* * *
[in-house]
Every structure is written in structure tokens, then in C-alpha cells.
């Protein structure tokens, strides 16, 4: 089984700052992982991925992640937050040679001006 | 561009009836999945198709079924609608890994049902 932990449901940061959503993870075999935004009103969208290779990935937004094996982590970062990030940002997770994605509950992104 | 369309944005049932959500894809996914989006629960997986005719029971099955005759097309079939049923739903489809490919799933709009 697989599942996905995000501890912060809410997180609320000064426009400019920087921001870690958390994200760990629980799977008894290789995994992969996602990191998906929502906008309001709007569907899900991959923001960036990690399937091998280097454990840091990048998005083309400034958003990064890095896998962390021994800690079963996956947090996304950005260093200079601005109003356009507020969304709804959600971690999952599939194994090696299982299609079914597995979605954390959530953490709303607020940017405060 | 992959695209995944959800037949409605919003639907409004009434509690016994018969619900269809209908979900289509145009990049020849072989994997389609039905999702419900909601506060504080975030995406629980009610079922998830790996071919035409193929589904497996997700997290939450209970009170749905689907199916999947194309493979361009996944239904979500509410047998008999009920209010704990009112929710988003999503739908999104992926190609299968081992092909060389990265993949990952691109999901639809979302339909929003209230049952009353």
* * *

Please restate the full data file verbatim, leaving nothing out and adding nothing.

[in-house]
Every structure is written in structure tokens, then in C-alpha cells.
């Protein structure tokens, strides 16, 4: 089984700052992982991925992640937050040679001006 | 561009009836999945198709079924609608890994049902 932990449901940061959503993870075999935004009103969208290779990935937004094996982590970062990030940002997770994605509950992104 | 369309944005049932959500894809996914989006629960997986005719029971099955005759097309079939049923739903489809490919799933709009 697989599942996905995000501890912060809410997180609320000064426009400019920087921001870690958390994200760990629980799977008894290789995994992969996602990191998906929502906008309001709007569907899900991959923001960036990690399937091998280097454990840091990048998005083309400034958003990064890095896998962390021994800690079963996956947090996304950005260093200079601005109003356009507020969304709804959600971690999952599939194994090696299982299609079914597995979605954390959530953490709303607020940017405060 | 992959695209995944959800037949409605919003639907409004009434509690016994018969619900269809209908979900289509145009990049020849072989994997389609039905999702419900909601506060504080975030995406629980009610079922998830790996071919035409193929589904497996997700997290939450209970009170749905689907199916999947194309493979361009996944239904979500509410047998008999009920209010704990009112929710988003999503739908999104992926190609299968081992092909060389990265993949990952691109999901639809979302339909929003209230049952009353």